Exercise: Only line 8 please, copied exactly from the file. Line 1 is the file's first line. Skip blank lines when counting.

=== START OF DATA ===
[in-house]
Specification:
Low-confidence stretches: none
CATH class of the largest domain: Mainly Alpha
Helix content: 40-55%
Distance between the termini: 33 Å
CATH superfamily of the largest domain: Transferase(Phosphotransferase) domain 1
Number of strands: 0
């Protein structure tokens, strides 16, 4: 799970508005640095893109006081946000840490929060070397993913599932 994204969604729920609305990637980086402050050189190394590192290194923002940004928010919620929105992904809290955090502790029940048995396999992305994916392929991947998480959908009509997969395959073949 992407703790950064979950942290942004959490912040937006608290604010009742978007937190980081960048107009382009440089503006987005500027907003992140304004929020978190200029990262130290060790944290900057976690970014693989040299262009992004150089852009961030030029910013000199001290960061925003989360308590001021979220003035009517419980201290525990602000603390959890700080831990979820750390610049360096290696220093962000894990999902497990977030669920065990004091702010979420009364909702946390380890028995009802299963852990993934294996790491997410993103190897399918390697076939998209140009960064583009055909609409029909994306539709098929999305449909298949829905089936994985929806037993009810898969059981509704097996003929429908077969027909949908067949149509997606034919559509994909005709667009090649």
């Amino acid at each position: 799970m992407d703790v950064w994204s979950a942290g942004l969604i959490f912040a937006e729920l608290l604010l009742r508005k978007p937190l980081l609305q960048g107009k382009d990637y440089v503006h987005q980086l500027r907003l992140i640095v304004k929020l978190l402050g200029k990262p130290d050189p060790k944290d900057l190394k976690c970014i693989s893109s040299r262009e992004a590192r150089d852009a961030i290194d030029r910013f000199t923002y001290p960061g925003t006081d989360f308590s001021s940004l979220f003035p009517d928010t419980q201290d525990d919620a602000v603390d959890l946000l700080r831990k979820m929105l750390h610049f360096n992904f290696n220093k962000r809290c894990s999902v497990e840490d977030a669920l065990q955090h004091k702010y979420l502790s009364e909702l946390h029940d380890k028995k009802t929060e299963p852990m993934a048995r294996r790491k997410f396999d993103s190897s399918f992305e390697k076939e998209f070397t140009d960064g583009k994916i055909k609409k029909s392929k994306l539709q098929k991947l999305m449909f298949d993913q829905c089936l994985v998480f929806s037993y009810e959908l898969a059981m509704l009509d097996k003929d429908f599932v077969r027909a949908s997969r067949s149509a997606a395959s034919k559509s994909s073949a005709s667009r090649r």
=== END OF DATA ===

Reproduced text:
Number of strands: 0